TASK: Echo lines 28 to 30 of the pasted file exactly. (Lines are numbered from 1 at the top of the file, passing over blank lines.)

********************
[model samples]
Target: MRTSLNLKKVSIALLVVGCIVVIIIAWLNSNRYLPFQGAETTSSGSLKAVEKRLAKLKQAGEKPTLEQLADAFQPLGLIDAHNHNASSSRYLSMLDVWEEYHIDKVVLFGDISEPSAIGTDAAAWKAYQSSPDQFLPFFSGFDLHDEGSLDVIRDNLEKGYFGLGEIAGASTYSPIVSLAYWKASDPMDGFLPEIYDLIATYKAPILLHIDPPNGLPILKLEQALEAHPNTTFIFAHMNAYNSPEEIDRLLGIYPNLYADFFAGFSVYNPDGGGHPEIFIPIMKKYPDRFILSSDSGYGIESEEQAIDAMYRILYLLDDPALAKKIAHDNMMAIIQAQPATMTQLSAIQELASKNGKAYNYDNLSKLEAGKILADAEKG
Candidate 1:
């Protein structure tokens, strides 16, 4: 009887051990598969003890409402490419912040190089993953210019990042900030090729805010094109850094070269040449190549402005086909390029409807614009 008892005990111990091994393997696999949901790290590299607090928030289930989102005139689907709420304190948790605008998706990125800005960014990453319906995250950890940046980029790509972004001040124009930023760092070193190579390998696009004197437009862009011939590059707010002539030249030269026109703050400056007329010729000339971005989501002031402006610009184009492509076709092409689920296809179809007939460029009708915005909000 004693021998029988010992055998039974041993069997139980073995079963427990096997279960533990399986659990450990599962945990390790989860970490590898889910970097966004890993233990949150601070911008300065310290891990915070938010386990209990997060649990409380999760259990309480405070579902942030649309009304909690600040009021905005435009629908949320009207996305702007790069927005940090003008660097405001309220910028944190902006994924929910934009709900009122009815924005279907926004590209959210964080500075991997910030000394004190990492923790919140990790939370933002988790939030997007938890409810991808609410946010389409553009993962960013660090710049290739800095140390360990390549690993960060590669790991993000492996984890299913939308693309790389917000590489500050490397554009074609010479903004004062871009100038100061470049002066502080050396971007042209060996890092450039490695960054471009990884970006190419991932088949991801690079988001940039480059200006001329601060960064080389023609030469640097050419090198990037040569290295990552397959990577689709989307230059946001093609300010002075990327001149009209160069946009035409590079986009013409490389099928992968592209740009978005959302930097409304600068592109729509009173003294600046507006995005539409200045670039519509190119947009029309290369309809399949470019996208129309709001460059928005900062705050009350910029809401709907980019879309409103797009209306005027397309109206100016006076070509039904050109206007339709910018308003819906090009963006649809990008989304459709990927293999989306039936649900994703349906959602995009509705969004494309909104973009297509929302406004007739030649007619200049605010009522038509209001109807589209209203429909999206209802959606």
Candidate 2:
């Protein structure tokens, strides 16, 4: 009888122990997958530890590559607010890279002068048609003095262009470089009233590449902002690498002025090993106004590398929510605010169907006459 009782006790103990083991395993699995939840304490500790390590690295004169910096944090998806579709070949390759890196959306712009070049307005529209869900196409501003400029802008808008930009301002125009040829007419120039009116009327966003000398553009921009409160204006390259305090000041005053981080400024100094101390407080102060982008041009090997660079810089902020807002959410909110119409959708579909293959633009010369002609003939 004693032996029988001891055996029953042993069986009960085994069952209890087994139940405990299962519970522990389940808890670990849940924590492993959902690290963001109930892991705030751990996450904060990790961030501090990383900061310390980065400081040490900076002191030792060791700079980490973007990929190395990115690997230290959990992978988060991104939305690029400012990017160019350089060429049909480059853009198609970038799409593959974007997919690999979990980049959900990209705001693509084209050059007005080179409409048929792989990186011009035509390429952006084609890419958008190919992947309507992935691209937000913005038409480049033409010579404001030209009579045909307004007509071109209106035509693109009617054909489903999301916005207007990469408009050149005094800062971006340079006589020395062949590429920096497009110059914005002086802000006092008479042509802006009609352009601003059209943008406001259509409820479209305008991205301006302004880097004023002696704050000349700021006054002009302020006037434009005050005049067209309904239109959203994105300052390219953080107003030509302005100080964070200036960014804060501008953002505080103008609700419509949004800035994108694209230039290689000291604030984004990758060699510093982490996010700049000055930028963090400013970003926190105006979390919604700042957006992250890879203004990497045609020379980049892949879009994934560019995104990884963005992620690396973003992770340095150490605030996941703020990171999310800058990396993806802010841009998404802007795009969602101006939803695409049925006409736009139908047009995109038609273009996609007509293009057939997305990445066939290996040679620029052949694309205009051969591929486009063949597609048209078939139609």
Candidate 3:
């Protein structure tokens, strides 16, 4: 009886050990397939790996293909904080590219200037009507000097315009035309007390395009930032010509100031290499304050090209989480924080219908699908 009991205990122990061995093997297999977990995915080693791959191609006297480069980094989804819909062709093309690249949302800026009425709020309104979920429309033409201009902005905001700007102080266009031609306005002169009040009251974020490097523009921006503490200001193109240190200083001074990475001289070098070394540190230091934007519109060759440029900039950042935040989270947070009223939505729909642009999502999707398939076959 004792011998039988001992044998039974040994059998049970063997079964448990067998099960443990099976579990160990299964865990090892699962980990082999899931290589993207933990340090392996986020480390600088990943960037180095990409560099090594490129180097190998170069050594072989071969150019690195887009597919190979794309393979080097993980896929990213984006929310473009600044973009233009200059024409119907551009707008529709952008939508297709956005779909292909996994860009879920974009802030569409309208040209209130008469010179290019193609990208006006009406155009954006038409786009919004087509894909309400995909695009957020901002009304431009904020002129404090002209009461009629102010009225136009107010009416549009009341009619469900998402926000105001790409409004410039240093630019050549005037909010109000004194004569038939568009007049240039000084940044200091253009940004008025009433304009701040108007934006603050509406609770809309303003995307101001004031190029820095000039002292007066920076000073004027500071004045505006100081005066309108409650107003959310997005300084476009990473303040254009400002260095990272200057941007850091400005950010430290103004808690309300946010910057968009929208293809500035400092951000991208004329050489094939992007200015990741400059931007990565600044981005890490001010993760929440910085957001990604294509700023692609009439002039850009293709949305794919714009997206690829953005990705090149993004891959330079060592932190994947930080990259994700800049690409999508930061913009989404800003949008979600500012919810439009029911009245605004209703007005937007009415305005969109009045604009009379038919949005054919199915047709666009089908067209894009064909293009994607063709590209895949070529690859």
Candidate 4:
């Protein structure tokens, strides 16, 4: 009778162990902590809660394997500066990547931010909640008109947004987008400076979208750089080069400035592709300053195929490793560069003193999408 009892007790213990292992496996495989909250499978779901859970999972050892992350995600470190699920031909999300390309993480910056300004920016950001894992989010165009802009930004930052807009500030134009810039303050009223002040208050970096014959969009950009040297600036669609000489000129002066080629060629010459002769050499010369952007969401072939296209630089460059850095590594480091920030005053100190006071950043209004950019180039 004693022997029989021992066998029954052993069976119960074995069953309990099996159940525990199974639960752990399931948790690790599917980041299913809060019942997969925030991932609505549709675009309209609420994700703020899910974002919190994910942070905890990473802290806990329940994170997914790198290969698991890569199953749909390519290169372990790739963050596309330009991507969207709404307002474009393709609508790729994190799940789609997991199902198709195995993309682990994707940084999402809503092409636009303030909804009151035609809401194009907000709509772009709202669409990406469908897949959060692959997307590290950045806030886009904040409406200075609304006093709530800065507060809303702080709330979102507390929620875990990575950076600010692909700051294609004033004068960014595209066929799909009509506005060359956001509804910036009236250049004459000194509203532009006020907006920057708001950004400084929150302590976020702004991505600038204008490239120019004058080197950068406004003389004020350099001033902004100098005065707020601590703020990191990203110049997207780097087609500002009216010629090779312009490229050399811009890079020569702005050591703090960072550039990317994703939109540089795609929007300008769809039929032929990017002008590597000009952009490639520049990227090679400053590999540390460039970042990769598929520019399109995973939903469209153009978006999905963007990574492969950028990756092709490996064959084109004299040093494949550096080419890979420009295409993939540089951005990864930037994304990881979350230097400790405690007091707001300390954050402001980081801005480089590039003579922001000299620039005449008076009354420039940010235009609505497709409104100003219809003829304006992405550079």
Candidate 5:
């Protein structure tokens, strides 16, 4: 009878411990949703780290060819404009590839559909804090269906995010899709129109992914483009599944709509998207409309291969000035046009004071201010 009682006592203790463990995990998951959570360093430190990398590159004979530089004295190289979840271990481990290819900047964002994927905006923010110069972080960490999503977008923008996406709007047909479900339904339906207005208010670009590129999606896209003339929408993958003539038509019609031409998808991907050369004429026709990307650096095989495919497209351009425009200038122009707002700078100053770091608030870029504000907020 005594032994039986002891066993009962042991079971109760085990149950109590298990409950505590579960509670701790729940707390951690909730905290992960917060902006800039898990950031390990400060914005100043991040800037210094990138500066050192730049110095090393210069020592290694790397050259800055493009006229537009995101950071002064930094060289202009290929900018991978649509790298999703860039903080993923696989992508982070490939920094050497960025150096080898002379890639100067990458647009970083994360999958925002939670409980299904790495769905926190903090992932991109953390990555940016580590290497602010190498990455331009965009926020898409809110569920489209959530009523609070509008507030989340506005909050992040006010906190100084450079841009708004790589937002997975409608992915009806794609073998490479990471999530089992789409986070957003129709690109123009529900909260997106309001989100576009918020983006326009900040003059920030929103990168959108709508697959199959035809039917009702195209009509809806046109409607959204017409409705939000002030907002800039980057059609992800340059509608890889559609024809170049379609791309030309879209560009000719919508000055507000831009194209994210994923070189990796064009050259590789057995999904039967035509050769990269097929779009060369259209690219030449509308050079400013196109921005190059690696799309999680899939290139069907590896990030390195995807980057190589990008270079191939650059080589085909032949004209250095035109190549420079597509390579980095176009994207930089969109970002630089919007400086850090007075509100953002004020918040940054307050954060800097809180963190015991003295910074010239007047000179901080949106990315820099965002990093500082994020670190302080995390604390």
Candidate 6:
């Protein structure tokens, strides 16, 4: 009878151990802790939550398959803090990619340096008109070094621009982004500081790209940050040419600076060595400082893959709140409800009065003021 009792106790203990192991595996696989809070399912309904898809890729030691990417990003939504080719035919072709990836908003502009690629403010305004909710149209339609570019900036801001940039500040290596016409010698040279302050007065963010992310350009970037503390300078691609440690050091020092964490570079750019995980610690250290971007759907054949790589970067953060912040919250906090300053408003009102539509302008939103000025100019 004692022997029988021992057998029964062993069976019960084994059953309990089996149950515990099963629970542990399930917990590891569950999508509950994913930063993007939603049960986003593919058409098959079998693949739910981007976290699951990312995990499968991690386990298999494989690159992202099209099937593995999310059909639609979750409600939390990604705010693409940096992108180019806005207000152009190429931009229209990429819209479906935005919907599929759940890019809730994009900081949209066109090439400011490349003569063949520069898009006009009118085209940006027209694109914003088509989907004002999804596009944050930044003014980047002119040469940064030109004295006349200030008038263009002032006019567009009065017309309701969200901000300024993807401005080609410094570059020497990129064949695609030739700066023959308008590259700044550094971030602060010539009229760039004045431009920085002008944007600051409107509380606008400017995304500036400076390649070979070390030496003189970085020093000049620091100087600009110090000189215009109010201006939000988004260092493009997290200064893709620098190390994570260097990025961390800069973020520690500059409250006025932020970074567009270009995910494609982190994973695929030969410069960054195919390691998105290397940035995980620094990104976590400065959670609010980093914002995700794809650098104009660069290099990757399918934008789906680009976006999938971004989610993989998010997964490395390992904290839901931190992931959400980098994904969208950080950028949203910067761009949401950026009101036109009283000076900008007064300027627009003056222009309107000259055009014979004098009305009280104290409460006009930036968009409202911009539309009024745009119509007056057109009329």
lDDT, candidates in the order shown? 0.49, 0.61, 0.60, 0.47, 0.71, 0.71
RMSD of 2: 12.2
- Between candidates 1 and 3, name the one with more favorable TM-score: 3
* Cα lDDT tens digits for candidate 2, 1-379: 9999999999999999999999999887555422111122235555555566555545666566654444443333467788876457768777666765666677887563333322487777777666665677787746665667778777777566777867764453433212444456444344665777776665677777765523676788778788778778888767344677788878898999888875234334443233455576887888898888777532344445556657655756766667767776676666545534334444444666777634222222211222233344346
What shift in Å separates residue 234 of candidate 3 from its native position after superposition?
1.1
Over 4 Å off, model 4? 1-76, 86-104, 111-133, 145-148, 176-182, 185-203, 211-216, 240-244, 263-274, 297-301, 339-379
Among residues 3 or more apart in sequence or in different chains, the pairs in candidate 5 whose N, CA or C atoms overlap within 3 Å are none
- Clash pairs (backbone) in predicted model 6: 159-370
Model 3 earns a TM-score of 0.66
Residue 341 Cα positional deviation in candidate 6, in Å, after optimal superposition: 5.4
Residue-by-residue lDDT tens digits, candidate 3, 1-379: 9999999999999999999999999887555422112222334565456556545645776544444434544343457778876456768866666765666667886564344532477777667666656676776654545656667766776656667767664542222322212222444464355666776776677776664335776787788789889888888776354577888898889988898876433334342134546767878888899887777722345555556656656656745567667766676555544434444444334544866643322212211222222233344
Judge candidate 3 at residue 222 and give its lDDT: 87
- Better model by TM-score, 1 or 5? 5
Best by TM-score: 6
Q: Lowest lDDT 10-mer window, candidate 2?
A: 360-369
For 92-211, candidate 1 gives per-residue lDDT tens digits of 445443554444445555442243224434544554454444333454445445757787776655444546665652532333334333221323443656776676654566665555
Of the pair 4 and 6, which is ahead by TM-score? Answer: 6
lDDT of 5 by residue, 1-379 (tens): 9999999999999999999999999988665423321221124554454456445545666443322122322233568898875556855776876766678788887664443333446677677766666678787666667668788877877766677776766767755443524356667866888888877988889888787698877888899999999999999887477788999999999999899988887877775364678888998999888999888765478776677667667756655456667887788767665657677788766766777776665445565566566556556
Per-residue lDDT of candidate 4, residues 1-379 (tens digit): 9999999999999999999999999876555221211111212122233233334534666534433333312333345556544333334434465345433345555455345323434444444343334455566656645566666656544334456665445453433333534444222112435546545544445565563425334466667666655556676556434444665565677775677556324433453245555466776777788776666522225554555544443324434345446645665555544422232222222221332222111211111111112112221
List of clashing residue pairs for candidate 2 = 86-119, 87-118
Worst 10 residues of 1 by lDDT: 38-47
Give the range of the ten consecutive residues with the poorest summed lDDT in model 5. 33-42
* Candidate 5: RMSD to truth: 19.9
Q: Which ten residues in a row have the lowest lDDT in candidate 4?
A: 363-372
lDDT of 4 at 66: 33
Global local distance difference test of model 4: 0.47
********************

- Better model by TM-score, 1 or 5? 5
Best by TM-score: 6
Q: Lowest lDDT 10-mer window, candidate 2?